Every year, Sacramento County residents do their level best to keep cool during the seasonably hot valley temperatures mid-year. Failing to keep cool in extreme temperatures can cause adverse health effects for residents-for both people and animals.
Unlike humans, cats and dogs cannot sweat to keep cool; they cool their bodies off through panting and the pads of their feet.
'Heat can be deadly for pets,' said Director Dave Dickinson, Animal Care and Regulation. 'Pet owners must be vigilant about keeping their animals cool during hot weather; that includes never leaving animals in parked cars and helping them to avoid extreme heat.'
Here are some tips for keeping your pet safe from the heat:
Never leave your dog in a parked car: Even cracking a window won't protect your pets. It is against the law in California and could be punishable by a fine or imprisonment. A car can reach 120 degrees in just minutes; even if the windows are slightly open the car can still reach 102 degrees. A dog's normal temperature is 101.5 degrees; at 120 degrees your pet can suffer from heat exhaustion and die and at 107 degrees brain damage occurs.
Avoid extreme heat: When temperatures get above the 90s, take your pet inside. For outdoor pets, be sure to provide them with plenty of fresh, cold water in a tip-proof water dish and shade for them to cool down.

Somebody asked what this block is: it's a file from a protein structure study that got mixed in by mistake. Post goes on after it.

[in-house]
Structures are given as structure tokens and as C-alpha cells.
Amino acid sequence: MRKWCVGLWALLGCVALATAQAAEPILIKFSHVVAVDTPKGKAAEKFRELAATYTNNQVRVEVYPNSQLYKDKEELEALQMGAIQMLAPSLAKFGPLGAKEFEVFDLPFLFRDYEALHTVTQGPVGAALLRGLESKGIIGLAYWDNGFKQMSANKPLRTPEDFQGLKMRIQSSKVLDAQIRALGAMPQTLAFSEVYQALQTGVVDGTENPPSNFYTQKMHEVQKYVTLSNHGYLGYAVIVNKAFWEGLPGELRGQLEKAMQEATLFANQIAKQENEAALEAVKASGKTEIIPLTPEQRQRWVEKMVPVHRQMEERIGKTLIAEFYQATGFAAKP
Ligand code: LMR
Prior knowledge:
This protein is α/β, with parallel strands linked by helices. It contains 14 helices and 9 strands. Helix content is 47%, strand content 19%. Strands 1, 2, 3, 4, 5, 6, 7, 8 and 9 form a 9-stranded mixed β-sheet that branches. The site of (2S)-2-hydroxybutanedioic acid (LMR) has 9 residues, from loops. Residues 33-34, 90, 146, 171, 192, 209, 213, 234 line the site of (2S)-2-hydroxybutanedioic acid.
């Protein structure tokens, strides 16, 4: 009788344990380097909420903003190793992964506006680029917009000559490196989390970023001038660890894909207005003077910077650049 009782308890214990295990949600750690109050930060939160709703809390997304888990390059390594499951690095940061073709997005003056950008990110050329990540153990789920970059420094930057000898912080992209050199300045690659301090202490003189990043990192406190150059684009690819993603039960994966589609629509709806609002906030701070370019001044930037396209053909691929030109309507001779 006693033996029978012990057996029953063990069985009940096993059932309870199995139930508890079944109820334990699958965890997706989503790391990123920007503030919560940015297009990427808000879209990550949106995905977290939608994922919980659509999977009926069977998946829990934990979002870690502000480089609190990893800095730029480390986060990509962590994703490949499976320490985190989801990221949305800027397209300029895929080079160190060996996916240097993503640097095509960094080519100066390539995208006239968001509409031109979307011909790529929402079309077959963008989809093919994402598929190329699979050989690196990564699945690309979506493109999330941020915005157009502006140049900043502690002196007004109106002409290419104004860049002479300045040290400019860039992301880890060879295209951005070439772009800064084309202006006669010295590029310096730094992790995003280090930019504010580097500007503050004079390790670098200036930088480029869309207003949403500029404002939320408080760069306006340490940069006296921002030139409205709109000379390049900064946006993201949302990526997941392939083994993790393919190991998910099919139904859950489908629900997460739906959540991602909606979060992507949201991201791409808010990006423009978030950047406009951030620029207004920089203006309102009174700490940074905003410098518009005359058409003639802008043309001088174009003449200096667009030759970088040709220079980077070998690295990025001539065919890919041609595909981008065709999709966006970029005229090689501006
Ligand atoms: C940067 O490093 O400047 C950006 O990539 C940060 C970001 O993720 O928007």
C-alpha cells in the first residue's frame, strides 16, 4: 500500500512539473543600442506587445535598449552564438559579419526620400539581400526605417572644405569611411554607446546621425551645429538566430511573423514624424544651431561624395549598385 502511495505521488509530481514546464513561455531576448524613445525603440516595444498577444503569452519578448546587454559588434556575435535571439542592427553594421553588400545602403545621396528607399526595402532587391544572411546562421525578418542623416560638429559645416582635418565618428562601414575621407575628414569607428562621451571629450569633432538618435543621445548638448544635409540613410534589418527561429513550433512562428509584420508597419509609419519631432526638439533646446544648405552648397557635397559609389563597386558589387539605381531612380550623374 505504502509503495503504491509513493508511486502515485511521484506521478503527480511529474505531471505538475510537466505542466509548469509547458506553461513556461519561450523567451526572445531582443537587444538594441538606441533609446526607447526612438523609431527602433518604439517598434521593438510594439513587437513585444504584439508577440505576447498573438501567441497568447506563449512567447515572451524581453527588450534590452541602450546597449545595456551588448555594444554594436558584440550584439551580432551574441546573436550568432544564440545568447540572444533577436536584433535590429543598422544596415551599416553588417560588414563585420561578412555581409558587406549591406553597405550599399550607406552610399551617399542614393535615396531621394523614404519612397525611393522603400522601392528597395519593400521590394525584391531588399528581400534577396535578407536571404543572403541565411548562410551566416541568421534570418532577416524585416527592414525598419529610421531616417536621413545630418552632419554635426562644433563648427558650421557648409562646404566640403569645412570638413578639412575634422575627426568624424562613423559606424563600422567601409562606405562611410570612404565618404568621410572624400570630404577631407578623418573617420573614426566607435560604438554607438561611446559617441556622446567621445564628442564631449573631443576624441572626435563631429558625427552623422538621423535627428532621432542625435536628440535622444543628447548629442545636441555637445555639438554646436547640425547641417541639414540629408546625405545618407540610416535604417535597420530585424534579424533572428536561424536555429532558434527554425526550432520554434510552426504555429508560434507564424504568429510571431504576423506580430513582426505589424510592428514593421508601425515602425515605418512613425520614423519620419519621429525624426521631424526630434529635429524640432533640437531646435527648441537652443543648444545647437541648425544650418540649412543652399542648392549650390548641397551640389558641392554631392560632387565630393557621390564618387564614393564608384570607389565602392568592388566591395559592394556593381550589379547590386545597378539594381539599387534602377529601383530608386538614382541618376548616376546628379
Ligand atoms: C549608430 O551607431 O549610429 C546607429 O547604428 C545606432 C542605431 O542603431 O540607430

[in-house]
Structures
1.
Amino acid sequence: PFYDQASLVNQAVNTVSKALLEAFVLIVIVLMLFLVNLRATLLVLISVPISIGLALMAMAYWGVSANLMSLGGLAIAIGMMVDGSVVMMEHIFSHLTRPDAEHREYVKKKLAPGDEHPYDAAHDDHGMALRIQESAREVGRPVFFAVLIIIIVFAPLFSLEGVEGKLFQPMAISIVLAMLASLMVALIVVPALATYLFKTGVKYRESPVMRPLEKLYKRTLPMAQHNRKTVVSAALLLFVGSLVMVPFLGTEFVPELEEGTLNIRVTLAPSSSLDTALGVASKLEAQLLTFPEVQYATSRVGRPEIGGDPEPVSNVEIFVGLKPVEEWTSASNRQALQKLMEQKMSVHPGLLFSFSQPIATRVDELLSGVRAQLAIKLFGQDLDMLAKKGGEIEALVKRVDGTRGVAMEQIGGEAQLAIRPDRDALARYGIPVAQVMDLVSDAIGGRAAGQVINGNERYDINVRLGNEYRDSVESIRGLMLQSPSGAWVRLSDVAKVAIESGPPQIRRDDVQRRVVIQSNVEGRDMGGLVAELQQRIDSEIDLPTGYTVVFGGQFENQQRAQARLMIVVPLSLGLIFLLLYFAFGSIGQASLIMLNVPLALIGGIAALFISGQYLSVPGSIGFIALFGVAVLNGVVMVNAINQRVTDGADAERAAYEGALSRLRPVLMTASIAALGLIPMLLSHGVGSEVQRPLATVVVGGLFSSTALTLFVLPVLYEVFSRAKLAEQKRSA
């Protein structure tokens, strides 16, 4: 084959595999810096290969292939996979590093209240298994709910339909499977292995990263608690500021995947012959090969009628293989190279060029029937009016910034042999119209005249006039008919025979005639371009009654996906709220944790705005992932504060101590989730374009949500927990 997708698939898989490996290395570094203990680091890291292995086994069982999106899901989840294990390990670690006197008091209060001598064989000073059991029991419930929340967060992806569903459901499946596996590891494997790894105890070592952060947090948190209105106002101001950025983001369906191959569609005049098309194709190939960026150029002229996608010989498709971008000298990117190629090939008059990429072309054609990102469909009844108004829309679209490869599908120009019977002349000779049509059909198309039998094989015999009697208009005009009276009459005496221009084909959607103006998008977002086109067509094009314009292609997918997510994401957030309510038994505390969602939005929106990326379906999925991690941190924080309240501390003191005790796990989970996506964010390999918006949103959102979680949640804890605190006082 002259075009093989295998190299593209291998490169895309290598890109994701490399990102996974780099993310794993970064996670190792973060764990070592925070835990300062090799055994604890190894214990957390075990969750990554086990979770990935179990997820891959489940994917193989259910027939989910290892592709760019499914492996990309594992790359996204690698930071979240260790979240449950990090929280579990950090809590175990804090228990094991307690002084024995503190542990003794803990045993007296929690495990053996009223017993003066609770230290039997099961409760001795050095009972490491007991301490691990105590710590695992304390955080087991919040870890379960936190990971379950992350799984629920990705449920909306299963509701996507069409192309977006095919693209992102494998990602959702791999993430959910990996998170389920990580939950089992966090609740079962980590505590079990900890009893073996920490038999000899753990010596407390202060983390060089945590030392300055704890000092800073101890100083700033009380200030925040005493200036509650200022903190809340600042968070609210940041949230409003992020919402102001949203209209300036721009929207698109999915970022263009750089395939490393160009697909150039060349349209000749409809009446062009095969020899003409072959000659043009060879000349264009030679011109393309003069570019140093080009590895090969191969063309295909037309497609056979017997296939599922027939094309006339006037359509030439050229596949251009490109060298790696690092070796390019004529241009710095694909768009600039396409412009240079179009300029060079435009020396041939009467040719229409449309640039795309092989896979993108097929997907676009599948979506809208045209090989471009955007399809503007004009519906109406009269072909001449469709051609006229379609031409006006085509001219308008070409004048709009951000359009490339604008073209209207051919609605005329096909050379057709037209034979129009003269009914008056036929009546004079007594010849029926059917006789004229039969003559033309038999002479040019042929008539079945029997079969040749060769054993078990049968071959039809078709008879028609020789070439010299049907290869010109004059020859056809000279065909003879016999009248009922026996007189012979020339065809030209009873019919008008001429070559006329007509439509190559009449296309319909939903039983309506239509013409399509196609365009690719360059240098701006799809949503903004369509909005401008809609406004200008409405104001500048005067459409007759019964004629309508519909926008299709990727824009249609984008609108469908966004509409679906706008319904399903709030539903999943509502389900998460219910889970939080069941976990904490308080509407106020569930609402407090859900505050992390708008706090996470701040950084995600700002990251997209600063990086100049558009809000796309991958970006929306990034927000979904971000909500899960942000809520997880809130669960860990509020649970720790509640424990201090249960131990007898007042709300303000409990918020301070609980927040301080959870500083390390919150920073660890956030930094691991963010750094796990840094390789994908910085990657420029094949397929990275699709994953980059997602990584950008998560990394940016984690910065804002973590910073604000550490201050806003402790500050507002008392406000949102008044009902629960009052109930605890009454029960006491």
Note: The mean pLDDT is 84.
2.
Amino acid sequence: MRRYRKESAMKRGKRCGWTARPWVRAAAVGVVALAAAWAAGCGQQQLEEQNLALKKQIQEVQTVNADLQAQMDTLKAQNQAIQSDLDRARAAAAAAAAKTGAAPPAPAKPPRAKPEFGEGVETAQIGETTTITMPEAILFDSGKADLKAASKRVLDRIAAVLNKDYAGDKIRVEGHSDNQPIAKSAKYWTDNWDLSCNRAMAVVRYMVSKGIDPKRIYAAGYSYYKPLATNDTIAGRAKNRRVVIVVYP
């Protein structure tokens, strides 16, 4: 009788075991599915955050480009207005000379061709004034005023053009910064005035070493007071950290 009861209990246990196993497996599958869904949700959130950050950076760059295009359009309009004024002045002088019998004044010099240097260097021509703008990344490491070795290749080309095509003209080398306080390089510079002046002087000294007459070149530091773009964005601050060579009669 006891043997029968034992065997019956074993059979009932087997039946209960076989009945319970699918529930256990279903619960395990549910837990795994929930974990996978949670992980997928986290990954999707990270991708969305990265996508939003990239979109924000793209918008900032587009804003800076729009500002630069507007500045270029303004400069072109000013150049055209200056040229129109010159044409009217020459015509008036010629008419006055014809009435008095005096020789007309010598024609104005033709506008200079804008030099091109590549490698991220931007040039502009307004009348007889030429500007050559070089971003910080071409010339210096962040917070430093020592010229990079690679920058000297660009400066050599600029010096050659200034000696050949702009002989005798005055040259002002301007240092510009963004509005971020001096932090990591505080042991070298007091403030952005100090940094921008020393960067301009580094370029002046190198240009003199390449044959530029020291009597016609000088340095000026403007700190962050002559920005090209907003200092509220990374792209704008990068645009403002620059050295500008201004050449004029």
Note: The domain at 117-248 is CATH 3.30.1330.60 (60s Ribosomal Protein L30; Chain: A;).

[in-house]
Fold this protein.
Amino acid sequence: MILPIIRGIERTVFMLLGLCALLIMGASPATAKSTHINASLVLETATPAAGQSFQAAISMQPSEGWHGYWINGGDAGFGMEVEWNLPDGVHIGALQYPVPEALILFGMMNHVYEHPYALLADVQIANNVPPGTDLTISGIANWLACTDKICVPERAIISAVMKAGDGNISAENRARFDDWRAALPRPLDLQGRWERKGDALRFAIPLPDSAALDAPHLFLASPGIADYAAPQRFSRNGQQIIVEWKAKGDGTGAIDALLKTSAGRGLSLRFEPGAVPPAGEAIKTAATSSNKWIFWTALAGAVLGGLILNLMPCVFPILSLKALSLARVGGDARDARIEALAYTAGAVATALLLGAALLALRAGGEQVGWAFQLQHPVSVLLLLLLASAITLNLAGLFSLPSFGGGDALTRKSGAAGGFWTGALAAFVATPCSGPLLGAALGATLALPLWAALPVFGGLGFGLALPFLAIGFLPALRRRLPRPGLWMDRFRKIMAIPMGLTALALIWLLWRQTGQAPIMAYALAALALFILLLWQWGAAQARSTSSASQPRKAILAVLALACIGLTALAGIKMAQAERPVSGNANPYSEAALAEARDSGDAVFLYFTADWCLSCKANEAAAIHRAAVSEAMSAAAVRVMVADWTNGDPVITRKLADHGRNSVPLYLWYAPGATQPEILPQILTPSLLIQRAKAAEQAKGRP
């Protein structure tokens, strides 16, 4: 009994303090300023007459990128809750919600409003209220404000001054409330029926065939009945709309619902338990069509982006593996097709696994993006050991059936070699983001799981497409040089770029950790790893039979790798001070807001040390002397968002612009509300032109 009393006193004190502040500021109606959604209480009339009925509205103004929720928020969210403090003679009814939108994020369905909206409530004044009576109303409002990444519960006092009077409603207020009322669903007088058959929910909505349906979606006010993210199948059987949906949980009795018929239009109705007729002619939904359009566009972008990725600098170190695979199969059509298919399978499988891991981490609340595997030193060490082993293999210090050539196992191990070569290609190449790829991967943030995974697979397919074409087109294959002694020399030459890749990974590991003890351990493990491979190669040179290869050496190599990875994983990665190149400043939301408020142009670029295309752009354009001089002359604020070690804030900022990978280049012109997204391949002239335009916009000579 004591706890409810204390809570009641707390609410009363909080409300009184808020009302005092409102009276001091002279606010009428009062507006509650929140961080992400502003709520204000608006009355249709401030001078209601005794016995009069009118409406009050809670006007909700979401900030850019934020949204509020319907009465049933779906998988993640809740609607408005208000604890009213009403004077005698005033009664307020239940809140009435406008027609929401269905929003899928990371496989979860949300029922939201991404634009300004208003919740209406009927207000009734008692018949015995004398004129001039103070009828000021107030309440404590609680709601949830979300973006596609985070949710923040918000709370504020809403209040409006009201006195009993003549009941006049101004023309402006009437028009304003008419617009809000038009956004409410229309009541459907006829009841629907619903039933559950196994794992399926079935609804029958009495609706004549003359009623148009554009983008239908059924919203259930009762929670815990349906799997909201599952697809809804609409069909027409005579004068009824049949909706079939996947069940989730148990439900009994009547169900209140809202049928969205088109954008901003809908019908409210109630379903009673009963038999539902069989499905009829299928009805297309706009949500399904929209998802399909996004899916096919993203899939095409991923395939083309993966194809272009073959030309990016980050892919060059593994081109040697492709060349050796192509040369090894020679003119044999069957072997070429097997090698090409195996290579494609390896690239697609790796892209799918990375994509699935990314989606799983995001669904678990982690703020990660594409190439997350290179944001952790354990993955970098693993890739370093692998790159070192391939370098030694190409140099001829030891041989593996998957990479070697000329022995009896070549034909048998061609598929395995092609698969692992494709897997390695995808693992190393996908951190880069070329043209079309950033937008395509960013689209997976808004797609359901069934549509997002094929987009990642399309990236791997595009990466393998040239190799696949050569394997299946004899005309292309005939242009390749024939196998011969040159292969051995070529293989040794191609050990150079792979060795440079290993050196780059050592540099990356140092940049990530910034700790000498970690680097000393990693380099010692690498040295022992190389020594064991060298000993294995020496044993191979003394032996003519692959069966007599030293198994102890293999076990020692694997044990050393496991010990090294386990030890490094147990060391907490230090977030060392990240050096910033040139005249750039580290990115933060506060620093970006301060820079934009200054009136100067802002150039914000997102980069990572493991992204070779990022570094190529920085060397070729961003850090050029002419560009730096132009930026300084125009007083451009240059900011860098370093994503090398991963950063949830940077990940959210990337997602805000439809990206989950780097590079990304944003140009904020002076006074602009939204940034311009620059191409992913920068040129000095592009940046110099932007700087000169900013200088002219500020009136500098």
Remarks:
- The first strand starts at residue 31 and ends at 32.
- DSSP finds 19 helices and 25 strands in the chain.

Don't exercise with your pets when it is too hot: Older and certain long-haired dogs can be particularly susceptible to heat, and hot asphalt can burn their paws. Exercise in the early morning or cool evenings and make sure both of you have plenty of water.
Use sunscreen: Pets get sunburned just like people, and if your pet has light skin, they can be particularly susceptible to a painful burn, and even skin cancer. Use sunscreen on sensitive areas, such as ears or nose to make sure your pets are protected.
Don't take your pets to crowded summer events: The heat, noise, and crowds can be overwhelming to your pet. July 4 fireworks are especially stressful for pets, and it is best to leave them at home in a quiet, cool and secure environment. Take extra precaution to make sure your pet has a registered microchip in addition to wearing I.D. tags in case they become lost.
Secure your dog during transport: Make sure your dog is secured safely in your vehicle. Cross-tethering your dog with a rope or containing them via kennel in the bed of your truck will help prevent the dog from falling or jumping from the vehicle. Also, please note that truck beds can get hot when exposed to the sun and that can severely burn dog foot pads. Transporting animals on a public highway or public roadway without properly securing them could be punishable by a fine.
Be your pet's lifeguard: While swimming can help pets get exercise without overheating, always supervise pets when swimming either in a pool or in area waterways. Dogs can get tired swimming, particularly in rivers where they have to fight against currents. To avoid drowning, make sure they wear life jackets and keep them out of the water when flows are high.
If pets have been exposed to high temperatures…
Be alert for signs of heat stress including heavy panting, glazed eyes, a rapid pulse, unsteadiness, staggering gait, vomiting, or a deep red or purple tongue.
Immediately move your pet to the shade to lower their temperature. Apply cool (not cold) water to the pet, apply ice packs and cool towels to your pet's head, neck and chest.
Take your pet to a veterinarian immediately. It could save its life.